In cases of diseases, such as gingivitis (with bleeding and inflammation of the gums), the specialist can prescribe a paste that, in addition to fluoride, contains an antiseptic, although normally they cannot be used for more than two weeks at a time. There are pastes of 2,500 and 5,000 ppm only reserved for people who have a special risk of caries.

Brushing technique influences cleaning:

True. Brushing should be done for two minutes, with a brush that is not damaged (it must be changed every 3-4 months) and at least twice a day.

The technique should be simple and efficient, with straight movements. To eliminate bacterial plaque, it is important to always start from the same place and follow the same order, clean all the faces of the teeth (external, internal and masticatory), also brushing the gum vertically towards the tooth and go over the tongue and mouth.

By the way, the brush does not need a cap. The cap prevents the air from drying out the brush after each use, therefore, with humidity, bacteria proliferate. That is why it is important not to cover it and always leave it with the head up.

Chewing sugarless gum helps clean teeth:

​True. When we finish eating, the bacteria take advantage of the remains of food that remain in the mouth to feed themselves. If this bacterial plaque is not cleaned correctly, cavities or other oral diseases may appear. Therefore, the less time this plaque spends in contact with the teeth, the greater the possibility of keeping the mouth healthy. Plaque is removed with thorough brushing, but sometimes we don’t have a toothbrush, toothpaste or floss on hand. In these cases, and never as a substitute for brushing, we can use sugar-free gum, since it favours the formation of saliva, which has a protective effect by neutralizing acids after eating carbohydrates.

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Personal Care

Getting the perfect six-pack – Five exercises celebrities swear by

Getting the perfect six-pack body.

Sport and exercise is part of daily life for many, as it should be for all of us, but in order to achieve such an ‘ideal’ body with hardly any time between events, content creators on social media are showing how they are using their limited ‘free’ time to practice many of the exercise routines celebrities swear by.

Celebrities such as Jennifer López, Kendall Jenner, and Megan Fox have joined the fashion of showing off their iron abs, achieved through a routine of physical exercise and healthy eating, but getting the perfect six-pack takes effort and dedication.

Many physical fitness experts point out that the abdominals are one of the most difficult areas of the body to work with. Nutrition and balance are the keys to losing fat accumulated in the gut.

But there are some exercise routines you can practice helping you towards that perfect six-pack.

Abdominal wheel. With the abdominal wheel you can perform different exercises, more or less complex depending on the intensity that we want to establish. With this movement we will improve the stability of the core and, in addition, muscles such as the triceps, deltoids and lats are worked indirectly.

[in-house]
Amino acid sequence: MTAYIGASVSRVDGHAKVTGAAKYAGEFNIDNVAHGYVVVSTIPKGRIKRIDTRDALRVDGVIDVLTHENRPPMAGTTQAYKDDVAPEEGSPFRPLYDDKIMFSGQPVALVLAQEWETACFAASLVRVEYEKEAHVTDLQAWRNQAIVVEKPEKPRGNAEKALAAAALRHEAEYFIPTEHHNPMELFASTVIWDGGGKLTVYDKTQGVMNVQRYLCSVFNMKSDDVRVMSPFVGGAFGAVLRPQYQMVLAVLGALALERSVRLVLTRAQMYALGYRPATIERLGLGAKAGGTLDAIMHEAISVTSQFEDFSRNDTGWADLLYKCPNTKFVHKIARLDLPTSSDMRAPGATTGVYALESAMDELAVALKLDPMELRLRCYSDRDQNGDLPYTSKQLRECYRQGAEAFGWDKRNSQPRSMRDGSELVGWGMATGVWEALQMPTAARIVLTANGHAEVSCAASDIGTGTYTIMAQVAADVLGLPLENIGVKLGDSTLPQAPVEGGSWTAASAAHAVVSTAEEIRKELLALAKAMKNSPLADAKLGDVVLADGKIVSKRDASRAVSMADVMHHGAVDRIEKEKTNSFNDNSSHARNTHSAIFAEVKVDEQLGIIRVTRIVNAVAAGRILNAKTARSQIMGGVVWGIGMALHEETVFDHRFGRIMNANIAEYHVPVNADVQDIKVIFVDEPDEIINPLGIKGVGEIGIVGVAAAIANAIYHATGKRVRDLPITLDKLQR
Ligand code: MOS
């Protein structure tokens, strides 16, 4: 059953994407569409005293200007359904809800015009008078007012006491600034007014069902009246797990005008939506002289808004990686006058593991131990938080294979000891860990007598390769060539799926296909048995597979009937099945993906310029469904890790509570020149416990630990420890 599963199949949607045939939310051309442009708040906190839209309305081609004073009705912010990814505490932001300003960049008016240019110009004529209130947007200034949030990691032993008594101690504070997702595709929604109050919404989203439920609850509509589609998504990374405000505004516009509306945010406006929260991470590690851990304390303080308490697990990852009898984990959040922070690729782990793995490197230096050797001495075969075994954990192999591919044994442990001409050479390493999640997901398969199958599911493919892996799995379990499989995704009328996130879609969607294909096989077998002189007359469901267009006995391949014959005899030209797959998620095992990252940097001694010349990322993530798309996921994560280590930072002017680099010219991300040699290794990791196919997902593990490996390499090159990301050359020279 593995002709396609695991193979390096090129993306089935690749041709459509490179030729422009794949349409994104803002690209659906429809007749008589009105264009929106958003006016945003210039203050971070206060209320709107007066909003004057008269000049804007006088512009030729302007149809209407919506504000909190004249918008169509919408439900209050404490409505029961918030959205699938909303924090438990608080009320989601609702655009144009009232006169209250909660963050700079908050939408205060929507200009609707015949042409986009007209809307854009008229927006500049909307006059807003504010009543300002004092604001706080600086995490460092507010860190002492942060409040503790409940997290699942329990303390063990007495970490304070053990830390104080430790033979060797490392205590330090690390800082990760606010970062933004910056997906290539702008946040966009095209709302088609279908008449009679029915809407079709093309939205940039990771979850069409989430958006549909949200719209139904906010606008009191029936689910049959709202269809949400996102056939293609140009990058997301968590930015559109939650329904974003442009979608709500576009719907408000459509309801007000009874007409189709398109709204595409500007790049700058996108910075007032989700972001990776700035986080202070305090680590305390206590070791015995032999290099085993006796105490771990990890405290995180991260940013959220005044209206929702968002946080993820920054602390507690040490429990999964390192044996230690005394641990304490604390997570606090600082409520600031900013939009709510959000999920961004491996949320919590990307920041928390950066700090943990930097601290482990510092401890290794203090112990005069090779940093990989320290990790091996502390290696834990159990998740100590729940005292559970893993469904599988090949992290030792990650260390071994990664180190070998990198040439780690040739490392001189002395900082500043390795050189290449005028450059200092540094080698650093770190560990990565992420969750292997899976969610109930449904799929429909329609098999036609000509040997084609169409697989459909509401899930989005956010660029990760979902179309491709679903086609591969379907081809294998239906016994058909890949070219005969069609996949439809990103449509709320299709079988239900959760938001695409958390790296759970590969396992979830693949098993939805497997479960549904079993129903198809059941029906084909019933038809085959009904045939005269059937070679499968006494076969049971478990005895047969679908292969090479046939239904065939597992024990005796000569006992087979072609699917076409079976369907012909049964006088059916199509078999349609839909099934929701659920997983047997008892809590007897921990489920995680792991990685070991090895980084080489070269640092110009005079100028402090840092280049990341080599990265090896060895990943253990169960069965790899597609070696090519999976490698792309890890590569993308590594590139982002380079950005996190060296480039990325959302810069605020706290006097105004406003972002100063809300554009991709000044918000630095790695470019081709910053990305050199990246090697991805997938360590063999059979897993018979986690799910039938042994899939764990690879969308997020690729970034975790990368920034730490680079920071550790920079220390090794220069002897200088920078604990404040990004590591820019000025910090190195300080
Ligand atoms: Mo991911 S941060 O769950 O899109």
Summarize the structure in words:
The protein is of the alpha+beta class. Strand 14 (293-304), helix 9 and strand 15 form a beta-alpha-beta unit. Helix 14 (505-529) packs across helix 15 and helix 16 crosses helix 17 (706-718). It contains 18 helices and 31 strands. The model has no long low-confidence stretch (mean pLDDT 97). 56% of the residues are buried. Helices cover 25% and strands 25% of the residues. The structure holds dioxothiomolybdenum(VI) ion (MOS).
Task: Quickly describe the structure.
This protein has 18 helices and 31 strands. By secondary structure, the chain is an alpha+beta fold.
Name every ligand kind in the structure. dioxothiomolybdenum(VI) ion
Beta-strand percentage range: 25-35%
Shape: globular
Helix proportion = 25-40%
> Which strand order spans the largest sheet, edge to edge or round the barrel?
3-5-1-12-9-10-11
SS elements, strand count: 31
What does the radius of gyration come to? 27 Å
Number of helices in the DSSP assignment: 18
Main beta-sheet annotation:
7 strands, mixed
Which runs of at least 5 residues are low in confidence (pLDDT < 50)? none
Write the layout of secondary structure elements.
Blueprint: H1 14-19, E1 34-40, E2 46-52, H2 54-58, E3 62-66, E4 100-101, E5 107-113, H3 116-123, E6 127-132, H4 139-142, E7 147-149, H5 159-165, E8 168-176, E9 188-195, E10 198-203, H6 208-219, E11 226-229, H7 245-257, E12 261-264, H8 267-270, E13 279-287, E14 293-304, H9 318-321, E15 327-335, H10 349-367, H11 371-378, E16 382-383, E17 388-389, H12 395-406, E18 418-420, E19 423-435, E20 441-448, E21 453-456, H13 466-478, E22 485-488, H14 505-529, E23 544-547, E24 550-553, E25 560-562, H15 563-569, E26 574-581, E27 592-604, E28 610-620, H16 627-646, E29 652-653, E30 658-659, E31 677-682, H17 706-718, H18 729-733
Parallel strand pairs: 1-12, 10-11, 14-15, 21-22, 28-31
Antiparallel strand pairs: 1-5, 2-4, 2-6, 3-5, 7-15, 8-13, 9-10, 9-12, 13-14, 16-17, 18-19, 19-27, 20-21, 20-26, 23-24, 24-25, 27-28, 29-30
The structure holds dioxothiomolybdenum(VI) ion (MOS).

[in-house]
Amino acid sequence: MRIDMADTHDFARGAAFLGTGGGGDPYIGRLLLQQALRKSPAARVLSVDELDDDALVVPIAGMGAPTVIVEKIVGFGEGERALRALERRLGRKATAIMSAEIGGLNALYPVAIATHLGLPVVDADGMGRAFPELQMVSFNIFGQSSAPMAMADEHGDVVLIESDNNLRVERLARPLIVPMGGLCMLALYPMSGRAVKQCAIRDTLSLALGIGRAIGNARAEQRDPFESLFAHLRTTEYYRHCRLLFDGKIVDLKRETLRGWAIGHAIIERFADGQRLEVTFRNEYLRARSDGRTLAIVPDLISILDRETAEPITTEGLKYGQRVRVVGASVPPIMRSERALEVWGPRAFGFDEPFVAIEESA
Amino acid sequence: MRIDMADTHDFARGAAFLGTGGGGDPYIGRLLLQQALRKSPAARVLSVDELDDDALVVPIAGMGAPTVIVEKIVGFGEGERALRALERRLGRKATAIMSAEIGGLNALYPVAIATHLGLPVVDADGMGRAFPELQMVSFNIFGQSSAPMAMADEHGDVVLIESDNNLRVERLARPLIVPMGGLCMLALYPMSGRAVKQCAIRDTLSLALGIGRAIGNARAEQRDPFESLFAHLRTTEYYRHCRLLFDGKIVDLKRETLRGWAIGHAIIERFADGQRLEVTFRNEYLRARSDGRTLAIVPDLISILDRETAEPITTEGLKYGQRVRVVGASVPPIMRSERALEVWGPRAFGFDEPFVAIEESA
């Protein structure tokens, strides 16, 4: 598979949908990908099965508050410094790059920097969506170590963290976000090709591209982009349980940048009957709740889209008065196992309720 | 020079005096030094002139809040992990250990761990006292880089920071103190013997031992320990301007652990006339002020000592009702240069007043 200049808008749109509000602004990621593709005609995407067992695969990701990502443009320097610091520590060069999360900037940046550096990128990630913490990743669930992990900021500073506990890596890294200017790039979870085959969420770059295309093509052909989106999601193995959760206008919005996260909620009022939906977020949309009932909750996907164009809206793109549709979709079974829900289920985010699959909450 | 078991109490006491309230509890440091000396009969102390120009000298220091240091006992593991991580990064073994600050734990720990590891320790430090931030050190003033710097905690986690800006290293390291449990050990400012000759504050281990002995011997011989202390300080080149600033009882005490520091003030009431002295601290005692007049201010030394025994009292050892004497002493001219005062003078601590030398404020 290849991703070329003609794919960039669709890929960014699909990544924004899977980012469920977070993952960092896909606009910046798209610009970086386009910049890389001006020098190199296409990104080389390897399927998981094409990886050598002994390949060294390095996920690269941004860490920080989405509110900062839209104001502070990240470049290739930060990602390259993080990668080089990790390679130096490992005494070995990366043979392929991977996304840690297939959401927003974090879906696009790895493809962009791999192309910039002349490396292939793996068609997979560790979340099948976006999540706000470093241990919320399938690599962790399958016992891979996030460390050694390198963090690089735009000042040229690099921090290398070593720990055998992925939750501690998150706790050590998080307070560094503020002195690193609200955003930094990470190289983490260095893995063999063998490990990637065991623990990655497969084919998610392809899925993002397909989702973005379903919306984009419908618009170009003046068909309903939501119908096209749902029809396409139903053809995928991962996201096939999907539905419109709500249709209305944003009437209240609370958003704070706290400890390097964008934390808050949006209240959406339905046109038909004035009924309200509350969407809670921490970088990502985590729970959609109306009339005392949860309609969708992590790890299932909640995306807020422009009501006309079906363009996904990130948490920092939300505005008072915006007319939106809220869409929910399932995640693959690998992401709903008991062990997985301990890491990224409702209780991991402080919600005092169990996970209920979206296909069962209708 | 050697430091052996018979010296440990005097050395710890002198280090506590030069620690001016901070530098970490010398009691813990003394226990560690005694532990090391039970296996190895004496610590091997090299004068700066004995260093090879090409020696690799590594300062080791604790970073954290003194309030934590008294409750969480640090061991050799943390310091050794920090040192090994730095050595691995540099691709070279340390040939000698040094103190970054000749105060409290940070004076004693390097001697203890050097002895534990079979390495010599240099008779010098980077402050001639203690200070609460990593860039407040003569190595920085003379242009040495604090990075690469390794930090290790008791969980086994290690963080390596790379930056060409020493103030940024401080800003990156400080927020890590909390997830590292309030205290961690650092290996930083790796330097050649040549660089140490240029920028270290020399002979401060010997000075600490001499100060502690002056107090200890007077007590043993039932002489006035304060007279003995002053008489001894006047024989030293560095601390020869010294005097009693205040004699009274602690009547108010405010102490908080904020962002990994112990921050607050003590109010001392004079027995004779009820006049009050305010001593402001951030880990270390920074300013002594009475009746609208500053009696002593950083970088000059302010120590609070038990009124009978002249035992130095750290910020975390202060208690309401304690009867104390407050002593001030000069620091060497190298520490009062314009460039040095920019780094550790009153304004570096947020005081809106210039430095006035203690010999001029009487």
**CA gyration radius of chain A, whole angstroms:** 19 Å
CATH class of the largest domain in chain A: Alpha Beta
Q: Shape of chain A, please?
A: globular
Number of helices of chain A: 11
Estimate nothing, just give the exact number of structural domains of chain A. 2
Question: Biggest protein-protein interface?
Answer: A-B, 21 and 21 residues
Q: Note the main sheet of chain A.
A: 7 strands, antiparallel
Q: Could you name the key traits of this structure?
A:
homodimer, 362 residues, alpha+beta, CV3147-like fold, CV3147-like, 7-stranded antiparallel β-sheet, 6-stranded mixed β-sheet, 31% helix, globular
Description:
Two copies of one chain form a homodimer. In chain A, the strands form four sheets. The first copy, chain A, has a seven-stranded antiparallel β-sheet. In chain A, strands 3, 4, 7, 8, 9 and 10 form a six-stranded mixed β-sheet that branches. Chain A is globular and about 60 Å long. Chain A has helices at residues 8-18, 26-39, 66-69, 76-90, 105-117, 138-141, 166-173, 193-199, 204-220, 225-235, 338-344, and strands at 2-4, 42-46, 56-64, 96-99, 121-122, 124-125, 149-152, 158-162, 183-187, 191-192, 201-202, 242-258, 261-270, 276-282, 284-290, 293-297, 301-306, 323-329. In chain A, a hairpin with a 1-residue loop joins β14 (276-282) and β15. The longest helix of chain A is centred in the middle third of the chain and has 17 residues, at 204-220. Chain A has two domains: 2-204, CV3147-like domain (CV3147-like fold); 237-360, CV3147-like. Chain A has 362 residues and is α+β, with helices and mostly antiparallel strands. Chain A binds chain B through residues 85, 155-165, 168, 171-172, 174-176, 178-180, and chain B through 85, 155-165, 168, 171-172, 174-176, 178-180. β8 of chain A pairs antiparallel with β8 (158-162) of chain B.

Pallof press. An exercise with which the anti-rotation of the core is actively worked on, strengthening it and preventing injuries. Fantastic for improving stability and ideal for people who have suffered injuries or pathologies in the lower back.

Abdominal plank. A classic with which I am sure that many have found the seconds too long. A basic but very effective exercise that will also improve body posture, metabolism and coordination. You should keep your back straight, your core and buttocks firm, and hold your body like a board. With series of 30 seconds it is more than enough for a good abdominal activation.

Mountain climbers. Knees at chest level, with rhythm for good fat burning, and taking care not to arch your back to avoid injuries to the lower back. The goal is to keep a regular and constant rhythm, to promote fat burning.

Superman. As in the isometric plank, both the core and the glutes must be very firm. The arm should always be well stretched to make the movement more complicated.

Of course, you should always take precautions before starting a new exercise routine, and get personal advice from an expert.

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What is Clean Eating?

Clean Eating

You may have seen the trend on social media, in fact if you type in the hashtag #cleaneating on Instagram for example, we get close to 50 million results. On TikTok, it already exceeds half a million, but the big question is, what is clean eating?

Well, it’s not quite the easy answer you might hope, as it is an umbrella term for a whole hodgepodge of concepts opens up where the ideas of concepts such as “detox”, “gluten-free”, “transgenic-free”, “organic”, “vegan”, “additive-free” or “realfood”, and others. And it is that the concept of clean eating is like a tailor-made suit: there are as many ways to eat clean as people consider raising their diet to what they individually interpret as a healthier diet.

So, in the simplest of terms, what is clean eating?

The idea of ​​”clean eating” often includes the goal of minimising, or even eliminating, ultra-processed foods, increasing the presence of fruits and vegetables, or cooking more at home in order to control all the ingredients in each dish, including the amount of salt, the type of fat or added sugars, and depending on how flexible the person is with these principles, they can have a healthy relationship with food or enter territories close to an eating disorder, such as orthorexia.